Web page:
Adventures in blocking I

There was a time not all that long ago, that I didn’t block my knitting.  Seems crazy, right?  Well maybe to those of you who are blocking addicts. But I was a knitter right through my teens, and don’t ever recall blocking being part of the garment finishing process. When I was knitting only baby items, again, I didn’t find blocking an important part of the process. However, when I moved into knitting adult garments, I became a wee bit of a blocking fan.

So, what is blocking? This 2002 Knitty article discusses what blocking is and why you use it – a way to shape pieces of knitting, to stretch if stretching is necessary, and to even out stitches for a beautiful finish. 

I knit with wool most the time, and for my large garments I favour wet blocking.  From the Knitty article… “Wet-blocking. Wet the pieces of the garment. If you have heavy cabling, you may want to press out the excess water using towels [NEVER WRING — wool is fragile when wet and you can damage the fabric this way!] Pin them out to the desired dimensions and let them dry, usually over several days.”

When it comes to pinning garments out, I have a small issue – I use a foam playmat. Which, yes, I have to admit does belong to DD1. And she usually decides she *needs* to play with it right after it has a jersey pinned carefully to it. Sigh.

But I digress, what I really wanted to show you was my lovely beret…

Picture 2429

Not cutey cutey, is it? The cables and lace really fails to pop, and the shaping – well, no photos to show you that!

Picture 2432

So, the pattern recommended that you wet block on a dinner plate or – shock – a record. Now, I’m not into super slouchy, so no records for me. Plus, I think DH would be horrified at the thought of his precious vinyl being put to use for knitting. In fact, I think that would be crossing a line he may never forgive me for. So, dinner plate it was.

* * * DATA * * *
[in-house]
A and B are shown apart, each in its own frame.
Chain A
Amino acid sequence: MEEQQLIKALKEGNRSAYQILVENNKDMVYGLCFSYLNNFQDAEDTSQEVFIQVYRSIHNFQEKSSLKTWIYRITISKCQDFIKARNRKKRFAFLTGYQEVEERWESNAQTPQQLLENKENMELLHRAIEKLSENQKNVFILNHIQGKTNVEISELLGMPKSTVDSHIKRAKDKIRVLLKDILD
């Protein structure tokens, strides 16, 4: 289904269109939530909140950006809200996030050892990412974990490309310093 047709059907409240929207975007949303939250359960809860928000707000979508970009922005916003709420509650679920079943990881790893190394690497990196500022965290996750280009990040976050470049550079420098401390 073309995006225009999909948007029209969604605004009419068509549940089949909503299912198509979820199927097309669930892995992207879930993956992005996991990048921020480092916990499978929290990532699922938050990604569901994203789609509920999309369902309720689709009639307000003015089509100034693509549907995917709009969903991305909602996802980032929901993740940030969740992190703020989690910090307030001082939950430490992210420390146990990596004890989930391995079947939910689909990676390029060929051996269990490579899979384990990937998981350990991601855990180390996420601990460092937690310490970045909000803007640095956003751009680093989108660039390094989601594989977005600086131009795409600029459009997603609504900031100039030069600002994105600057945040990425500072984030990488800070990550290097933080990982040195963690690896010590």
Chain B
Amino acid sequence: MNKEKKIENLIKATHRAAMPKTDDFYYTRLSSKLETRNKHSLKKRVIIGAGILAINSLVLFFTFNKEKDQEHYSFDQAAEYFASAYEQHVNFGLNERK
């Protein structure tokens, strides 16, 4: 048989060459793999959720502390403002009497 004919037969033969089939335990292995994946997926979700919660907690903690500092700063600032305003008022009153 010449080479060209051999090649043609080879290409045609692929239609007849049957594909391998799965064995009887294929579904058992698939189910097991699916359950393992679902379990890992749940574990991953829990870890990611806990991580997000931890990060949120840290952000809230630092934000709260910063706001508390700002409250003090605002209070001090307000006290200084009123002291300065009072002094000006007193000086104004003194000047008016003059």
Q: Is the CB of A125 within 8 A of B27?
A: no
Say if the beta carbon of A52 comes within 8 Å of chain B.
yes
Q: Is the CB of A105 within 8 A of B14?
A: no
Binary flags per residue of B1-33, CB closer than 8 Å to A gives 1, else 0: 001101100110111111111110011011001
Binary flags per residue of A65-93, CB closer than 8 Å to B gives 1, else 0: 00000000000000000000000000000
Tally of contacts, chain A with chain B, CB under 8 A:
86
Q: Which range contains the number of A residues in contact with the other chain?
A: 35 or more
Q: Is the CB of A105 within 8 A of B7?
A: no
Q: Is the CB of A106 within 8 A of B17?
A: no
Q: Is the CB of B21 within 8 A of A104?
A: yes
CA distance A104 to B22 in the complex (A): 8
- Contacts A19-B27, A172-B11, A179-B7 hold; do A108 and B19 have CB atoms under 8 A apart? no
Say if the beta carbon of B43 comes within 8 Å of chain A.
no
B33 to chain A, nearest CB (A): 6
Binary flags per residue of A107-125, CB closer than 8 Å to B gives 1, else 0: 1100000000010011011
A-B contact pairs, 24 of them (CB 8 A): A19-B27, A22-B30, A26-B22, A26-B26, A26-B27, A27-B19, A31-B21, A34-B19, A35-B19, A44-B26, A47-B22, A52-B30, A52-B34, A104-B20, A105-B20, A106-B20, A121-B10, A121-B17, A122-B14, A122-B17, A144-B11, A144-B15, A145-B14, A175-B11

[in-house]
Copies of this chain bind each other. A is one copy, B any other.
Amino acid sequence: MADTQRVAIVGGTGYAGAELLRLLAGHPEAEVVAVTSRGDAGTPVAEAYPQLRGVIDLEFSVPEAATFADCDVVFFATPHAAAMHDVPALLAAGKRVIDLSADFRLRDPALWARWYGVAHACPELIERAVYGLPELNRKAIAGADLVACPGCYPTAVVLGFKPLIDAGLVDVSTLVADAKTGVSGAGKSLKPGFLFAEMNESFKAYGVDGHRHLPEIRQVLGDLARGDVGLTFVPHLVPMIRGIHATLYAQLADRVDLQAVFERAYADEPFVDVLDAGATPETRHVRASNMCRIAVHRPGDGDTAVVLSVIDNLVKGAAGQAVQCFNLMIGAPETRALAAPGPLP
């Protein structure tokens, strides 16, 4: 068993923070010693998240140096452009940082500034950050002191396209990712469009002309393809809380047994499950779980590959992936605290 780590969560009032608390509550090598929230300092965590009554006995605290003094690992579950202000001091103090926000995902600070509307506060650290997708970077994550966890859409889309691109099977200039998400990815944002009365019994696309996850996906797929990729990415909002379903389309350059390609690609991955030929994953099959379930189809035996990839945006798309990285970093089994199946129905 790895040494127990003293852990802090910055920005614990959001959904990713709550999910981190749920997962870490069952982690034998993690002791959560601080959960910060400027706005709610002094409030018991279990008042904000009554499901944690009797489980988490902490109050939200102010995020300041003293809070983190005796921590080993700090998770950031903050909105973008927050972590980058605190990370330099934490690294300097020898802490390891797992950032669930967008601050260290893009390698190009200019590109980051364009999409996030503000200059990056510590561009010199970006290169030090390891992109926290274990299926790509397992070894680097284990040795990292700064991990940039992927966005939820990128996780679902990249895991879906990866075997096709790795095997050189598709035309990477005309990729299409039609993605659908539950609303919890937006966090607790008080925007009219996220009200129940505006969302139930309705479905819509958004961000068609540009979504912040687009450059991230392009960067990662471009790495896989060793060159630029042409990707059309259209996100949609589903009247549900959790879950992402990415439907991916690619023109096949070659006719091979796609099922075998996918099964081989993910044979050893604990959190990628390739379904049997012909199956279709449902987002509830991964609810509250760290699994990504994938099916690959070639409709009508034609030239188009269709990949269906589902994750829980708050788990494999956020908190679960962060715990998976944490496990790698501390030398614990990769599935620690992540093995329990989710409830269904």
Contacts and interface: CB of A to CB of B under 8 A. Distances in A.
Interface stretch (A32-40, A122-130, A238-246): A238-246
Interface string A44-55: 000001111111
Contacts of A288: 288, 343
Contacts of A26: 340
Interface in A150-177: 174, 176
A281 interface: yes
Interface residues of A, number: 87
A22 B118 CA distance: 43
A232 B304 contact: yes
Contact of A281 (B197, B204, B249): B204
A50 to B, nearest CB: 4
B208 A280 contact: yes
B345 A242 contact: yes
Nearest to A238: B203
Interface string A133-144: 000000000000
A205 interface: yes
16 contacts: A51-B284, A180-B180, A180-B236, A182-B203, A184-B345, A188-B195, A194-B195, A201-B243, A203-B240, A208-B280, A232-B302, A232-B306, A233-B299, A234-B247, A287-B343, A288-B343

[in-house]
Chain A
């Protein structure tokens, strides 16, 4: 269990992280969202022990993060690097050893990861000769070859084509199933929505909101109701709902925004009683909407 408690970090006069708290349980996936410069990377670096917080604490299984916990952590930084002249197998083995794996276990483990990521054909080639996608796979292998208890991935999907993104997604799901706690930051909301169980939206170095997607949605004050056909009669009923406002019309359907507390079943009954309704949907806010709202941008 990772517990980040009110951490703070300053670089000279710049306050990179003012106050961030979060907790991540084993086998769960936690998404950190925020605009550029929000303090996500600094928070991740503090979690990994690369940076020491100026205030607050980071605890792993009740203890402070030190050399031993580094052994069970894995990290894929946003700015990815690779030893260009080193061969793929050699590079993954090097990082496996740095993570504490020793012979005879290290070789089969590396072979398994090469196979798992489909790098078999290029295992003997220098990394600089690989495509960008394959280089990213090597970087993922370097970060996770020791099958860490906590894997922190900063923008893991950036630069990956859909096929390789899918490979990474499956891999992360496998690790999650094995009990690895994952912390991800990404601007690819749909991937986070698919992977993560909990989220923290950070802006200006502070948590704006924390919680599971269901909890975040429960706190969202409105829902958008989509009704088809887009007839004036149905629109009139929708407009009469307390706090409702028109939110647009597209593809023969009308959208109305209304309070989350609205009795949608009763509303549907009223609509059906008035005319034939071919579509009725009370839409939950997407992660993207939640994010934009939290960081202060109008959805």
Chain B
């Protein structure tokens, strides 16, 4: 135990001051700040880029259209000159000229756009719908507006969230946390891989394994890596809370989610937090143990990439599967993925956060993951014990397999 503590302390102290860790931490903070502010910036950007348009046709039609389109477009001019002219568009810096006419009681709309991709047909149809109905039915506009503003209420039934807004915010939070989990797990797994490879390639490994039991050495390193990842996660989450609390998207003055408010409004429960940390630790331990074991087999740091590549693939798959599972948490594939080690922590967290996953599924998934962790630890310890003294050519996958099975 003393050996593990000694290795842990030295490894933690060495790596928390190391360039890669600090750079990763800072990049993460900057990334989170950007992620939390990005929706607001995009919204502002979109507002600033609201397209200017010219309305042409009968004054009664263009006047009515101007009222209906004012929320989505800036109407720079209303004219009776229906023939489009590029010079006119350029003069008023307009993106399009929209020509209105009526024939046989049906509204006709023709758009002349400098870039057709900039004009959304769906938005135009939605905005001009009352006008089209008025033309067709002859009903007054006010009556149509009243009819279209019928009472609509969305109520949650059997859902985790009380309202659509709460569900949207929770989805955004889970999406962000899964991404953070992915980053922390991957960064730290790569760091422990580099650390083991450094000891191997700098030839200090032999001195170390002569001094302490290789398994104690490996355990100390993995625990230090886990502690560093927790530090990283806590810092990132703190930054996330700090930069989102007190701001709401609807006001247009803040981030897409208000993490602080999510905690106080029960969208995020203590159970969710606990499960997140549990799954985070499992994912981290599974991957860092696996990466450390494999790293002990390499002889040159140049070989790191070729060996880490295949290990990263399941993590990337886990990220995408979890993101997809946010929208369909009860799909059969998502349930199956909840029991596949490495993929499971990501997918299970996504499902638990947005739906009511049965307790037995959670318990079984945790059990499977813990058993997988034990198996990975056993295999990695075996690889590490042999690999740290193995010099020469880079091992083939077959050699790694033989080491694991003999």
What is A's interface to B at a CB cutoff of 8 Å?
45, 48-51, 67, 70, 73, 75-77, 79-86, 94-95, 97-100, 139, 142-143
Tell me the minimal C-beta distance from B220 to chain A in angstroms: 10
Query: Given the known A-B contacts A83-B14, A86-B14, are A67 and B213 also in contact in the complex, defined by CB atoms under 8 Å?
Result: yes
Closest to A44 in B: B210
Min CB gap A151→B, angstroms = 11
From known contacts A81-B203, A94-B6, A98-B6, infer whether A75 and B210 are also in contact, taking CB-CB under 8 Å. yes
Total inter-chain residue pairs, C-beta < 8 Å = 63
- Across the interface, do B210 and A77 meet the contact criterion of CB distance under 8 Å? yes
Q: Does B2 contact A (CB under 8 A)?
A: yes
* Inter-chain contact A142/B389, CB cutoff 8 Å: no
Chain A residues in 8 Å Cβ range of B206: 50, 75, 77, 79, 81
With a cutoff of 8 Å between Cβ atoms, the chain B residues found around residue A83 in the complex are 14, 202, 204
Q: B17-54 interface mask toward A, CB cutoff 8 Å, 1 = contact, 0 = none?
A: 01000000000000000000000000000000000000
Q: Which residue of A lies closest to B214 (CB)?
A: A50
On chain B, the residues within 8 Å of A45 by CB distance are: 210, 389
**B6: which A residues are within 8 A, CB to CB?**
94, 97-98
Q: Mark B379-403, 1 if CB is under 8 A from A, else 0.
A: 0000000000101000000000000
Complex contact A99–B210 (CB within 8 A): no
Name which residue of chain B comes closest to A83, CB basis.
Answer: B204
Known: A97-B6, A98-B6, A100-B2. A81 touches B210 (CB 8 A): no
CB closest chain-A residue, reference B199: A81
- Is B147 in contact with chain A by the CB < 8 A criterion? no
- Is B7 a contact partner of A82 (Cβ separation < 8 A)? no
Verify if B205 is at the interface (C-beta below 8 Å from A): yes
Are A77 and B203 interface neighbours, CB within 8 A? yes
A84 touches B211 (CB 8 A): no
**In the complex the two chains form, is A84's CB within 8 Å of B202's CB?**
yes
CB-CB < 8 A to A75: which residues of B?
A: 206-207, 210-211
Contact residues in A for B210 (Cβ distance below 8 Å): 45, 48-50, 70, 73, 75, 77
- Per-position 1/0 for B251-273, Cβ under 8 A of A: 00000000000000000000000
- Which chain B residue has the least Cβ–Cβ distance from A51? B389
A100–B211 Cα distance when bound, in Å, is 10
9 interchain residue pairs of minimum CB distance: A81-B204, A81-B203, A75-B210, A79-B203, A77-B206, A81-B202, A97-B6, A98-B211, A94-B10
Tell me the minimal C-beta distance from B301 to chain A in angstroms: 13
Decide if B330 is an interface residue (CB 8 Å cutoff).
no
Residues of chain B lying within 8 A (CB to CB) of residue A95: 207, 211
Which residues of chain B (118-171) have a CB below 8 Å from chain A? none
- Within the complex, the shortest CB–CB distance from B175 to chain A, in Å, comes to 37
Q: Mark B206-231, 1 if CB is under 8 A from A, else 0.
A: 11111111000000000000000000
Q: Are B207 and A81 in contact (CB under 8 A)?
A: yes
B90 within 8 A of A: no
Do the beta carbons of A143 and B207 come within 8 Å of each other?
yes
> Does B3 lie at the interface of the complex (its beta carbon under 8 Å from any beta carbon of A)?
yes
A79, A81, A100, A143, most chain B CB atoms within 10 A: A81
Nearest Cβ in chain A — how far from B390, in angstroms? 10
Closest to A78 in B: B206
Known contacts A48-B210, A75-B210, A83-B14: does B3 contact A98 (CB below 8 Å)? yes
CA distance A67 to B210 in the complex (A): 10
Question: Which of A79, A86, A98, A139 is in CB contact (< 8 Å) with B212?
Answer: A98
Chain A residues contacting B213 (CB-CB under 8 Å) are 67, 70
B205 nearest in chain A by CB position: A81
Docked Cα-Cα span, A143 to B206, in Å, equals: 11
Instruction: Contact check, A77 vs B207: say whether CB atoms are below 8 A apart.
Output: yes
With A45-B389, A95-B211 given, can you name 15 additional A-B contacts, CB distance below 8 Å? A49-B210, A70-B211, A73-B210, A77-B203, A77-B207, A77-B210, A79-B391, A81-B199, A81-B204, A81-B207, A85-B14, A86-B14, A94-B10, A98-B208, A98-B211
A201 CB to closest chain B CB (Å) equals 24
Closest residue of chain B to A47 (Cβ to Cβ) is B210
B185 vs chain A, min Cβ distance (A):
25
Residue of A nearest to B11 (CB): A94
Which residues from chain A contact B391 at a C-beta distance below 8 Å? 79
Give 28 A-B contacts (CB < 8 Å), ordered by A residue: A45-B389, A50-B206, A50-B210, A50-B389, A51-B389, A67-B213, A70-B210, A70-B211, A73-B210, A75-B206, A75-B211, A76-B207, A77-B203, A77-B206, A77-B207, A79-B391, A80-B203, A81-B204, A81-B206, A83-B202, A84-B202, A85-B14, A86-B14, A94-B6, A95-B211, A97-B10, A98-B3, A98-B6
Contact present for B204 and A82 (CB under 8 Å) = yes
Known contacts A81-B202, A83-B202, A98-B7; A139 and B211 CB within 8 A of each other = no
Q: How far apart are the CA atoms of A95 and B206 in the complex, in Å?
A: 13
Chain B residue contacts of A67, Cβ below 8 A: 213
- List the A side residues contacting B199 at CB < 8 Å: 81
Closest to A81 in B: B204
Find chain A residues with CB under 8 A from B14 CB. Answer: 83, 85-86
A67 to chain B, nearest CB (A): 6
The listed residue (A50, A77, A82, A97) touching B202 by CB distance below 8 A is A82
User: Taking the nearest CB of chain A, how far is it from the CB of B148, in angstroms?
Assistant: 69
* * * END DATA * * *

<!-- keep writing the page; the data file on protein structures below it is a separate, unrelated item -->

Picture 2434

You can see that this really opens out the petals, and the purl sections appear between them for the first time. Ahhh. 

Now, with the simple addition of time to dry- in my case about 36 hours – you will have a wearable beret.

Although, I’ve a confession to make here. I took it off the plate a couple of times to check the fit. The second time it was not quite dry, but clearly too large. So the rest of the drying took place in my dryer to effect some shrinkage.  Not exactly in the manual, but it seemed to work 🙂

On the needles at the moment is the second of my winter sock club socks.  Once it’s off the needles there will be a second lesson in blocking – the unique design feature of the increases at the centre front of the foot has created some interesting shapes that need to be blocked into submission!

Oh, and I also cast on for my next big knit today – a jersey for DH. More on that next time though!


2 Responses to “Adventures in blocking I”

  1. 1 Jo June 26, 2009 at 11:09 am

    I really do love that, and it’s quite amazing seeing the difference from it not being blocked to blocking it. Love the colour too.

  2. 2 Kelly June 26, 2009 at 5:57 pm

    I too am a blocking nut….comes out of necessity when you knit shawls! And btw….when are we going to see another ‘shawl’ from you hun?

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